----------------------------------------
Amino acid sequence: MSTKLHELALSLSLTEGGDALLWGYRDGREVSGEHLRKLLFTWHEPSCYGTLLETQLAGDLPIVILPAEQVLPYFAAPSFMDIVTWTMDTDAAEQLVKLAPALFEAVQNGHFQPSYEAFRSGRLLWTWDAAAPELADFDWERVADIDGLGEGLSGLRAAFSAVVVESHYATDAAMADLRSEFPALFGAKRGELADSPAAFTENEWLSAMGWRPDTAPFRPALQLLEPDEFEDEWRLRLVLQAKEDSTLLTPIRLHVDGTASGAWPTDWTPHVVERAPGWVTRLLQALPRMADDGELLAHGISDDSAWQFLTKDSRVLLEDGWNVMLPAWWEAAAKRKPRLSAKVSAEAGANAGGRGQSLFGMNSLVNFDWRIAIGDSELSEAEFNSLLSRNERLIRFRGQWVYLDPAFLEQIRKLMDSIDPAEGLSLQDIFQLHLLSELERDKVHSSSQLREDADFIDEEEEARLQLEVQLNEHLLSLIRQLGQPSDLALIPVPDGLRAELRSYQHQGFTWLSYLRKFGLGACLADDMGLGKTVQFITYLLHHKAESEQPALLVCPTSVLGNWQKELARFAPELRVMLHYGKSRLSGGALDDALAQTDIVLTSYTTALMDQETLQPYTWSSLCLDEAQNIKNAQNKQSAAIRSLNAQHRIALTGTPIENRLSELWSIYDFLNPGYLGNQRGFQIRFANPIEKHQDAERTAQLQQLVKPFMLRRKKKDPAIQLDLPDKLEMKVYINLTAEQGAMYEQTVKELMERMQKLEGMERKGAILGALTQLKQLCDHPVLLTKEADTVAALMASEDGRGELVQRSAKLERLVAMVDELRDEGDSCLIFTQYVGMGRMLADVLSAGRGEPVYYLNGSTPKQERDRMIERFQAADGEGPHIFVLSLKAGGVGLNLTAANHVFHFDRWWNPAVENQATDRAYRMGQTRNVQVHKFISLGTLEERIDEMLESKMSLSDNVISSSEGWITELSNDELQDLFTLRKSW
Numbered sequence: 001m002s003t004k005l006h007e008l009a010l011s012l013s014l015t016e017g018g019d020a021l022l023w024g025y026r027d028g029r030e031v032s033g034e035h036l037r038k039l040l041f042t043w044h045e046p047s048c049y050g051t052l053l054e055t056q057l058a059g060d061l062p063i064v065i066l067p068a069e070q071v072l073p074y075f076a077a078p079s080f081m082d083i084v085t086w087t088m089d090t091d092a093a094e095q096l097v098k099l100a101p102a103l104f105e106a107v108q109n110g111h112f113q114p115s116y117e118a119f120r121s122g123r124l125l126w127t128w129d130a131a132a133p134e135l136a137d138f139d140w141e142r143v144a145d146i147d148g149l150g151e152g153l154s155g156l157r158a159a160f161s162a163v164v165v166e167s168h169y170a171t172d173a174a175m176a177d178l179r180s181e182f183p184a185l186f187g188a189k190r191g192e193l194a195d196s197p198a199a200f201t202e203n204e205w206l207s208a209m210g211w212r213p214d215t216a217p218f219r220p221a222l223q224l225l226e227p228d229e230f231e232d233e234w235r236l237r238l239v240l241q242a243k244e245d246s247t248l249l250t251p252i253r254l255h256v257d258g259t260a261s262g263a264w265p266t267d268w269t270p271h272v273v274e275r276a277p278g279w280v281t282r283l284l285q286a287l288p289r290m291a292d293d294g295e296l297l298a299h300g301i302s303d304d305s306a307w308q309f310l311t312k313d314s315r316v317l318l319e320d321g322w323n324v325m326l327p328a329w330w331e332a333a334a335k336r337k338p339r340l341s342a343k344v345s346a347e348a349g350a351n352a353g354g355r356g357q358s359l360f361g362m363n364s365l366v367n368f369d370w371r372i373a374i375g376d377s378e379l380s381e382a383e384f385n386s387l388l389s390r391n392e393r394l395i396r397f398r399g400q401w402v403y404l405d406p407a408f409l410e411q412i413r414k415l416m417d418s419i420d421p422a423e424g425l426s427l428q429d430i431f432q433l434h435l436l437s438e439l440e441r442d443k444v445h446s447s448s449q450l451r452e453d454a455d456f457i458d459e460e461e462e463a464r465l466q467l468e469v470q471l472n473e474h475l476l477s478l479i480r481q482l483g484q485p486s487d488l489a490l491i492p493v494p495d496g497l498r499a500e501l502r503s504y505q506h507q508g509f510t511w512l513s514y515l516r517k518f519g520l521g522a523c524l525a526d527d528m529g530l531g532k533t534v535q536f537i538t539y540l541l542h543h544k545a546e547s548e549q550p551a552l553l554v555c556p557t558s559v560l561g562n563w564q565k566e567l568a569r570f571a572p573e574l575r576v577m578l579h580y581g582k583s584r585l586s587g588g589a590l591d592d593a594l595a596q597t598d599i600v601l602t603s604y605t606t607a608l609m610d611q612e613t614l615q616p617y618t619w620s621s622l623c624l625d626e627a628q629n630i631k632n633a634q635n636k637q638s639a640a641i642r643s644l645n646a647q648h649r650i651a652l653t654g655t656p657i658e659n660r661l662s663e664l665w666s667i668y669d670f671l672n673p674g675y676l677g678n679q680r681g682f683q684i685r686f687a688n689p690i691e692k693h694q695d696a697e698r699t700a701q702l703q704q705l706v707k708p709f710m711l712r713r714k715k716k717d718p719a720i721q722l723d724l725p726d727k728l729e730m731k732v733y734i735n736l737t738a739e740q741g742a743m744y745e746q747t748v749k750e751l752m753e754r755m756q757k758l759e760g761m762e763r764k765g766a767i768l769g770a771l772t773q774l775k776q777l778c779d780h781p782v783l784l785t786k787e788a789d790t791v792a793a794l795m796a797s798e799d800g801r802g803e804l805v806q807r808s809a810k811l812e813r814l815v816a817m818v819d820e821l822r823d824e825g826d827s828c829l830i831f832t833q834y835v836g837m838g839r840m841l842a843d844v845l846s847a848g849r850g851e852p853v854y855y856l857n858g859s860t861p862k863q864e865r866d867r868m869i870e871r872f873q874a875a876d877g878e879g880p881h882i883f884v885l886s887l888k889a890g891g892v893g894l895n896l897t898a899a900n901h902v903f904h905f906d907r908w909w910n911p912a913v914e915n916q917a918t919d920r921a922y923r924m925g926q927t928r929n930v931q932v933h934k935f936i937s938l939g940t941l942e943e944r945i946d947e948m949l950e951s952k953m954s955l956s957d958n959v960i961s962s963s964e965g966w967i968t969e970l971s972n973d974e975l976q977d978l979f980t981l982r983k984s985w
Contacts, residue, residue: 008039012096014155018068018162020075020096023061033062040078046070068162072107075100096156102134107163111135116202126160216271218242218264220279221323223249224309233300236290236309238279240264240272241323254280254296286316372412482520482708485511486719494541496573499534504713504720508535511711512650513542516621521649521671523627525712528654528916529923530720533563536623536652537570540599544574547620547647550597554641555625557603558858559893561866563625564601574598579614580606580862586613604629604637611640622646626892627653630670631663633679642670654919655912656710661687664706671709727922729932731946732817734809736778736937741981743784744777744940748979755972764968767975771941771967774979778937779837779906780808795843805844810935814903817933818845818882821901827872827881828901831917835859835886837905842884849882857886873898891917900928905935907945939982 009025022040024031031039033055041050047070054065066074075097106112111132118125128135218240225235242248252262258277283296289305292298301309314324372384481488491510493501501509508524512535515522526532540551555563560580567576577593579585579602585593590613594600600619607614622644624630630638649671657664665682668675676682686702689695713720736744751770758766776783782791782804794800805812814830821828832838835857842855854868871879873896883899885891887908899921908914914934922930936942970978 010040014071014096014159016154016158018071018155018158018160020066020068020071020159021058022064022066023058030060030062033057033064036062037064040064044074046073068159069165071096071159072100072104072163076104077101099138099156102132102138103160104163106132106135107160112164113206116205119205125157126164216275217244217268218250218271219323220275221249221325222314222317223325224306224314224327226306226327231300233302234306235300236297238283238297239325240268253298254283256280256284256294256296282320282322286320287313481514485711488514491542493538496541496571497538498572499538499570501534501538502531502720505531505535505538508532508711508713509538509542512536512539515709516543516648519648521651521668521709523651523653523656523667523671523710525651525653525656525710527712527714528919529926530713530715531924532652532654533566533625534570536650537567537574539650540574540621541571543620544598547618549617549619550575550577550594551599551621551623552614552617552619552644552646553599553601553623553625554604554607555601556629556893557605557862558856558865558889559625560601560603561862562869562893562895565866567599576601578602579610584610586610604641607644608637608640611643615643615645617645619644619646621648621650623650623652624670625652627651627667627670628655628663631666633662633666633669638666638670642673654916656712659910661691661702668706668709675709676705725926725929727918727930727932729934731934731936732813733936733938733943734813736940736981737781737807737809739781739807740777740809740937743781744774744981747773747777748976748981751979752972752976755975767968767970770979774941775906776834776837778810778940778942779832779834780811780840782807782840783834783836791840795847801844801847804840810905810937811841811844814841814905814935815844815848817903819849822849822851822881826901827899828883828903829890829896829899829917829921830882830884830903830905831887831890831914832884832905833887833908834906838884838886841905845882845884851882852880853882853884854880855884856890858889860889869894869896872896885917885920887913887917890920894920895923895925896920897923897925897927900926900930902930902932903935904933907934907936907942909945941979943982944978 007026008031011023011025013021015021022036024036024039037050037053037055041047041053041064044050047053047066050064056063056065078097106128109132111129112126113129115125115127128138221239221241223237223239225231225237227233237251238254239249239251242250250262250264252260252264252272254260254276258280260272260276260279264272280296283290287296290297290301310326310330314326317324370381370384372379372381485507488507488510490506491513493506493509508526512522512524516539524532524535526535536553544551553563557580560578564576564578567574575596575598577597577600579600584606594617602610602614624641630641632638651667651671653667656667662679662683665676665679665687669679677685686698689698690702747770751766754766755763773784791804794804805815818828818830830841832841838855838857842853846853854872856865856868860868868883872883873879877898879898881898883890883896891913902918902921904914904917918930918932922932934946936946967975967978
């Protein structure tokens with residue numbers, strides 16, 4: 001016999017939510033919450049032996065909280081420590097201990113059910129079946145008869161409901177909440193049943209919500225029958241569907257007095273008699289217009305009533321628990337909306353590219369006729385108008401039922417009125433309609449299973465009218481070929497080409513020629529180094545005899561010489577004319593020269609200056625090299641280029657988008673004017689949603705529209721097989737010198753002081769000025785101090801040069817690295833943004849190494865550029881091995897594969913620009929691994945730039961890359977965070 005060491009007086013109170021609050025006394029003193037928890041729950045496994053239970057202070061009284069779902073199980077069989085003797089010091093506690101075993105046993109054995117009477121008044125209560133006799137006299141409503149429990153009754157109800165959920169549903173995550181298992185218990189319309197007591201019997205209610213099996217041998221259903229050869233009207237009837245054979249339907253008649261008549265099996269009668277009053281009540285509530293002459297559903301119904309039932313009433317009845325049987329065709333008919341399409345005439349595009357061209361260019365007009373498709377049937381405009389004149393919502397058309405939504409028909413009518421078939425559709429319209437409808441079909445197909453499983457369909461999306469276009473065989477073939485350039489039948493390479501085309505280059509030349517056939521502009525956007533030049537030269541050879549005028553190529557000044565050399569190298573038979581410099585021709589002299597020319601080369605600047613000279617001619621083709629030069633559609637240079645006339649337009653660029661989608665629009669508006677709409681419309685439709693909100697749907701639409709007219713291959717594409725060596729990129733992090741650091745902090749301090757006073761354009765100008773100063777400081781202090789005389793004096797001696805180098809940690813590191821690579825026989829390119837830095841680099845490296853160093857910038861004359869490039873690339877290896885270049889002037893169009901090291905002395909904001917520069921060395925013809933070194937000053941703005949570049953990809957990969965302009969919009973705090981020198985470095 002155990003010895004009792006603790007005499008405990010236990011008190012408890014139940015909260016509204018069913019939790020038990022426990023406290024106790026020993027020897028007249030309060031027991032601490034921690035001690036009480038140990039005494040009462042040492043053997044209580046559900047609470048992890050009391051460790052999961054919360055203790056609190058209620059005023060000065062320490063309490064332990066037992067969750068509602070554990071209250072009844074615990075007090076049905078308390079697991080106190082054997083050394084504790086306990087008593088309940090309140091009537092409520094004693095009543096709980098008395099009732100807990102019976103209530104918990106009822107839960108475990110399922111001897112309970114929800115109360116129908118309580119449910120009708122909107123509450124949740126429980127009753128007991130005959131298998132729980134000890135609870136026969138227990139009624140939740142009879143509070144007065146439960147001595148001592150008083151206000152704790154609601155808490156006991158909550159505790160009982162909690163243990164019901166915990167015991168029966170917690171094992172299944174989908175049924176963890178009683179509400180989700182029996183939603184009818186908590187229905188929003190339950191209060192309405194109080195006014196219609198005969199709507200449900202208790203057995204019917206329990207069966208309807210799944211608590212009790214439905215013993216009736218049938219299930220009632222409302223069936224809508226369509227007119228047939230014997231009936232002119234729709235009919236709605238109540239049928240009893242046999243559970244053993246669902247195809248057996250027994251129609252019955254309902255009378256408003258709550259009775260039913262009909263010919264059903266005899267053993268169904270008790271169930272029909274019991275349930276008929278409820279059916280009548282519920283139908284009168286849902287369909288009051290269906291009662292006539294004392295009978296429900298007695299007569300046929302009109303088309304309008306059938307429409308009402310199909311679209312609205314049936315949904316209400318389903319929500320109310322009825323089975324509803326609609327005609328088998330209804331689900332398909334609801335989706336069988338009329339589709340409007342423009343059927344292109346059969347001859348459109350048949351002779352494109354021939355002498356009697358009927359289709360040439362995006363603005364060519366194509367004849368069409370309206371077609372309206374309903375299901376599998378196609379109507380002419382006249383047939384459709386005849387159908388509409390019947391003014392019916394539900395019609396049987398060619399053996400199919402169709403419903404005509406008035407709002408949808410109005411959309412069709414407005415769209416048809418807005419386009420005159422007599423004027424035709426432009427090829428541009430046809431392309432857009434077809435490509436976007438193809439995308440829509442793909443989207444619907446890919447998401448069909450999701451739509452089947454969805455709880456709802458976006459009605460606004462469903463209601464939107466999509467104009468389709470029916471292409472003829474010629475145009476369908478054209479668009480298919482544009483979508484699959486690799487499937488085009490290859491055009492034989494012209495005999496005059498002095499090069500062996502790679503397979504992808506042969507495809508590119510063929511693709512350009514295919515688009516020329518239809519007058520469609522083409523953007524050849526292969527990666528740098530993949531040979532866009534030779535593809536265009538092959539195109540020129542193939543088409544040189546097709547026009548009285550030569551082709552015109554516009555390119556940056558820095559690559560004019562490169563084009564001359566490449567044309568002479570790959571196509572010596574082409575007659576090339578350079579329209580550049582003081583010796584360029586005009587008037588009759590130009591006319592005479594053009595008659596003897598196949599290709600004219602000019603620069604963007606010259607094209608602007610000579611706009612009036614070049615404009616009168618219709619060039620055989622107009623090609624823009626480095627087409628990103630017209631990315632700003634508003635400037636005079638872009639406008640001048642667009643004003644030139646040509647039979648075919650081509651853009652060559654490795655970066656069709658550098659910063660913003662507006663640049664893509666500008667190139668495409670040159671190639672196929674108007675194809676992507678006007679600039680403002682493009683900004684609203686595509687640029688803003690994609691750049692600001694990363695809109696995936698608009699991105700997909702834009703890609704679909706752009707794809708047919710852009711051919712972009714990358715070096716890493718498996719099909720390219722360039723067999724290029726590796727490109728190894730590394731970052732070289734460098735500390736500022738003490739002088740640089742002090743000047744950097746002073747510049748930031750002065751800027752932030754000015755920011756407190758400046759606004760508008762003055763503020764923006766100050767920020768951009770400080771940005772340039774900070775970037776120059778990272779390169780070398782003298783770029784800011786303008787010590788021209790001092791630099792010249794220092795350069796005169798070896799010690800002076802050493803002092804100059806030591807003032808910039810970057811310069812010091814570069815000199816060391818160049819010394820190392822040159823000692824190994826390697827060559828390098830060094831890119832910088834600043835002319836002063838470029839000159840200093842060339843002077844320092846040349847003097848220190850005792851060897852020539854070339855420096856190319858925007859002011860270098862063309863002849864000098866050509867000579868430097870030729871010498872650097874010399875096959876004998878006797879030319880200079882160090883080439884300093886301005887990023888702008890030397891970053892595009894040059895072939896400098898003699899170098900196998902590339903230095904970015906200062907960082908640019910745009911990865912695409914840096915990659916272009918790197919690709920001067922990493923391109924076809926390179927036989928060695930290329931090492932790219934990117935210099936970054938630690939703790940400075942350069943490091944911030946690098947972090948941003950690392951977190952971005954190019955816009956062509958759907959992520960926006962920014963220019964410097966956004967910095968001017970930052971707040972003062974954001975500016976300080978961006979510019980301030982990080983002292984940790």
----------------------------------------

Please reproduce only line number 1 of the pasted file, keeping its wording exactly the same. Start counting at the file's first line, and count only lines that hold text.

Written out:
Amino acid sequence: MSTKLHELALSLSLTEGGDALLWGYRDGREVSGEHLRKLLFTWHEPSCYGTLLETQLAGDLPIVILPAEQVLPYFAAPSFMDIVTWTMDTDAAEQLVKLAPALFEAVQNGHFQPSYEAFRSGRLLWTWDAAAPELADFDWERVADIDGLGEGLSGLRAAFSAVVVESHYATDAAMADLRSEFPALFGAKRGELADSPAAFTENEWLSAMGWRPDTAPFRPALQLLEPDEFEDEWRLRLVLQAKEDSTLLTPIRLHVDGTASGAWPTDWTPHVVERAPGWVTRLLQALPRMADDGELLAHGISDDSAWQFLTKDSRVLLEDGWNVMLPAWWEAAAKRKPRLSAKVSAEAGANAGGRGQSLFGMNSLVNFDWRIAIGDSELSEAEFNSLLSRNERLIRFRGQWVYLDPAFLEQIRKLMDSIDPAEGLSLQDIFQLHLLSELERDKVHSSSQLREDADFIDEEEEARLQLEVQLNEHLLSLIRQLGQPSDLALIPVPDGLRAELRSYQHQGFTWLSYLRKFGLGACLADDMGLGKTVQFITYLLHHKAESEQPALLVCPTSVLGNWQKELARFAPELRVMLHYGKSRLSGGALDDALAQTDIVLTSYTTALMDQETLQPYTWSSLCLDEAQNIKNAQNKQSAAIRSLNAQHRIALTGTPIENRLSELWSIYDFLNPGYLGNQRGFQIRFANPIEKHQDAERTAQLQQLVKPFMLRRKKKDPAIQLDLPDKLEMKVYINLTAEQGAMYEQTVKELMERMQKLEGMERKGAILGALTQLKQLCDHPVLLTKEADTVAALMASEDGRGELVQRSAKLERLVAMVDELRDEGDSCLIFTQYVGMGRMLADVLSAGRGEPVYYLNGSTPKQERDRMIERFQAADGEGPHIFVLSLKAGGVGLNLTAANHVFHFDRWWNPAVENQATDRAYRMGQTRNVQVHKFISLGTLEERIDEMLESKMSLSDNVISSSEGWITELSNDELQDLFTLRKSW